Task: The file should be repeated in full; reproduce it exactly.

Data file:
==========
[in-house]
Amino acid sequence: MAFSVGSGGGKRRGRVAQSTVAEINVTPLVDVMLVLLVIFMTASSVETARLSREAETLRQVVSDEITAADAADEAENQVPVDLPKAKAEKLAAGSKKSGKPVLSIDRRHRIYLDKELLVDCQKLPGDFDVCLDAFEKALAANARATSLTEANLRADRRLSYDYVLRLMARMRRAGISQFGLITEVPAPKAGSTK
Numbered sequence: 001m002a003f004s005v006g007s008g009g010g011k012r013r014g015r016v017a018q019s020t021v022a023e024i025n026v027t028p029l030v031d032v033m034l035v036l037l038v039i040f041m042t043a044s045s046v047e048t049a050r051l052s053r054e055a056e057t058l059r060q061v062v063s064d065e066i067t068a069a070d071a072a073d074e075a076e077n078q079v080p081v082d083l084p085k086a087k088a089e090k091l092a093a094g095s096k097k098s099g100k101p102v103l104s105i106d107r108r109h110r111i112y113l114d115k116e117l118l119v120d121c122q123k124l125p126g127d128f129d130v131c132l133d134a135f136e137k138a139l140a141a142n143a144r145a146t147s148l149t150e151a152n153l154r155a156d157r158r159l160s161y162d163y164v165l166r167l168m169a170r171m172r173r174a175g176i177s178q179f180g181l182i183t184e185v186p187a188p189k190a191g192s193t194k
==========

[in-house]
Amino acid sequence: MAFSVGSGGGKRRGRVAQSTVAEINVTPLVDVMLVLLVIFMTASSVETARLSREAETLRQVVSDEITAADAADEAENQVPVDLPKAKAEKLAAGSKKSGKPVLSIDRRHRIYLDKELLVDCQKLPGDFDVCLDAFEKALAANARATSLTEANLRADRRLSYDYVLRLMARMRRAGISQFGLITEVPAPKAGSTK
Numbered sequence: 001m002a003f004s005v006g007s008g009g010g011k012r013r014g015r016v017a018q019s020t021v022a023e024i025n026v027t028p029l030v031d032v033m034l035v036l037l038v039i040f041m042t043a044s045s046v047e048t049a050r051l052s053r054e055a056e057t058l059r060q061v062v063s064d065e066i067t068a069a070d071a072a073d074e075a076e077n078q079v080p081v082d083l084p085k086a087k088a089e090k091l092a093a094g095s096k097k098s099g100k101p102v103l104s105i106d107r108r109h110r111i112y113l114d115k116e117l118l119v120d121c122q123k124l125p126g127d128f129d130v131c132l133d134a135f136e137k138a139l140a141a142n143a144r145a146t147s148l149t150e151a152n153l154r155a156d157r158r159l160s161y162d163y164v165l166r167l168m169a170r171m172r173r174a175g176i177s178q179f180g181l182i183t184e185v186p187a188p189k190a191g192s193t194k